Social theory: an anti-individualist story
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Prospective readers of this impressive work should not let its subtitle fool them. Its “twenty introductory lectures” are not for the uninitiated. This is an introduction, rather, for the relatively advanced student—and not only the student—who already knows enough sociology, philosophy of science, and (European) history, including the history of ideas, to benefit from the subtleties and sophistication of its analyses and attempt at synthesis. It is at once a work of pedagogy and of scholarship. It also has an agenda, arguing for a particular vision of social theorizing and thus against others. It is, moreover, concerned only with contemporary theory post-1945, referring only tangentially to classical works.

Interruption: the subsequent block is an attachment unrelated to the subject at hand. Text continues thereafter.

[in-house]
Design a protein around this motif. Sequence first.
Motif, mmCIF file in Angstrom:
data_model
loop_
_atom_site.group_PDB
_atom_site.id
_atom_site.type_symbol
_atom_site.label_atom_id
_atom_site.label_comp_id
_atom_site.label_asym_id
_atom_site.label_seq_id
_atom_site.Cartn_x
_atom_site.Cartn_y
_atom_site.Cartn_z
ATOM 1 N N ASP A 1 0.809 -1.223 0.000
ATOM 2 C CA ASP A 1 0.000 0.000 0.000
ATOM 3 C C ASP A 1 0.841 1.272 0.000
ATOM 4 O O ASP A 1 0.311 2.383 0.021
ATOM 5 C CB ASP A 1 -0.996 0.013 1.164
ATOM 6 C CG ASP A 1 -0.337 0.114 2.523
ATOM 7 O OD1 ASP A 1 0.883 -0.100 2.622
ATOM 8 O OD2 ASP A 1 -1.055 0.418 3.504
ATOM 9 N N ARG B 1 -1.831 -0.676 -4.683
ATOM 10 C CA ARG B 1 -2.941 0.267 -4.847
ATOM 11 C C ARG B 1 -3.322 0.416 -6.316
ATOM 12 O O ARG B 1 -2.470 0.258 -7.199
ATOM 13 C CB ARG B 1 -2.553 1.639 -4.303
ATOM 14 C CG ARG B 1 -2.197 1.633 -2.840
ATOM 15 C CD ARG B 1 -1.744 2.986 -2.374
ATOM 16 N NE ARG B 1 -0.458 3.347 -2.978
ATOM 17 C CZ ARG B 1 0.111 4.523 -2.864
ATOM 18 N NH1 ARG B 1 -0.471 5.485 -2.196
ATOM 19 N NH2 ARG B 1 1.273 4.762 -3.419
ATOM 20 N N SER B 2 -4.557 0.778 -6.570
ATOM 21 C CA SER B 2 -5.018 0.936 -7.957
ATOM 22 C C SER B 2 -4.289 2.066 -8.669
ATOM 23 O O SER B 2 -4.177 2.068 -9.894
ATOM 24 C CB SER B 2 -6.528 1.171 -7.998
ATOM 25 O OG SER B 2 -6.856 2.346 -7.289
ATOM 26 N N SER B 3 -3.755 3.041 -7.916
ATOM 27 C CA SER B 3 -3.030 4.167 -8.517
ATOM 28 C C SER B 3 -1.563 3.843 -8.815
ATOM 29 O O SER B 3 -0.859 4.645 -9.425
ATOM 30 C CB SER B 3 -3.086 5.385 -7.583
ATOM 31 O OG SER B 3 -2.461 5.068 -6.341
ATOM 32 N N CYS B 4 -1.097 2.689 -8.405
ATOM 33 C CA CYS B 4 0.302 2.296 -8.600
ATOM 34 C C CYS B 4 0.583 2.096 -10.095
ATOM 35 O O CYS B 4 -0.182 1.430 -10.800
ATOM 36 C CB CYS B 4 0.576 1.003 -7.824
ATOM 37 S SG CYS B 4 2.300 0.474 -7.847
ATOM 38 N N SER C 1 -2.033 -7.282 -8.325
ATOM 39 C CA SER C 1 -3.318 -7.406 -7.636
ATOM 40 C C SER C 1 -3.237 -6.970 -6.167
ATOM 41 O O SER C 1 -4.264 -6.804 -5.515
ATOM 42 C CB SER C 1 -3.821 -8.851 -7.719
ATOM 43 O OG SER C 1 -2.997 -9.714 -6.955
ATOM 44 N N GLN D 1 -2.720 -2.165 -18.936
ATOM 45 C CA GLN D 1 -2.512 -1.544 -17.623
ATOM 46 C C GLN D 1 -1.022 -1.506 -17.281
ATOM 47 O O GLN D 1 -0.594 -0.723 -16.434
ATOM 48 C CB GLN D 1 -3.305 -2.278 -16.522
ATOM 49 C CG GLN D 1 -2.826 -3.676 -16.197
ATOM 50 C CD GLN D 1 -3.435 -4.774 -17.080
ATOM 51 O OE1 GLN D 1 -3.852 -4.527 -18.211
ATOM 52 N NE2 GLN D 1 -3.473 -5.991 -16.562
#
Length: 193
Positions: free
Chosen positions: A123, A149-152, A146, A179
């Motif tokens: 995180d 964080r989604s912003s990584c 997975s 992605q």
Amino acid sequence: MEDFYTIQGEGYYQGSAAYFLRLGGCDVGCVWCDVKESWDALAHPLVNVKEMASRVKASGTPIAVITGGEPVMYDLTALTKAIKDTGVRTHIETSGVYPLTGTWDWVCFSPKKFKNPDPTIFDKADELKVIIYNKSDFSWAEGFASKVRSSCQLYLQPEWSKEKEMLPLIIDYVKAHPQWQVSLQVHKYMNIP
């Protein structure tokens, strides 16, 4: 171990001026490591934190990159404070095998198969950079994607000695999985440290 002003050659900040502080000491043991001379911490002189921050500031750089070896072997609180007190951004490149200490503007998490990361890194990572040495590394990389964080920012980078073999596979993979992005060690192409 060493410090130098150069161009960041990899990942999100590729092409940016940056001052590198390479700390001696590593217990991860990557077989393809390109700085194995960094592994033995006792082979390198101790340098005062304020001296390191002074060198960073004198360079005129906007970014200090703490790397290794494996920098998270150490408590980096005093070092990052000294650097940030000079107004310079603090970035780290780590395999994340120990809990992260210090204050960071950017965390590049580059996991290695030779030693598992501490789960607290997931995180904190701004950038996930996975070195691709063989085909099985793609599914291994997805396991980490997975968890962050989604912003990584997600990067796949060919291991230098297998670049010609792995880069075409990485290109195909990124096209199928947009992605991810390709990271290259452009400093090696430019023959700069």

As a pedagogical instrument, it is not a textbook in the conventional sense. As Jeff Manza and his co-authors have recently shown,1most sociology textbooks are constructed in strikingly formulaic ways, almost invariably reproducing identical long-superseded classifications. They...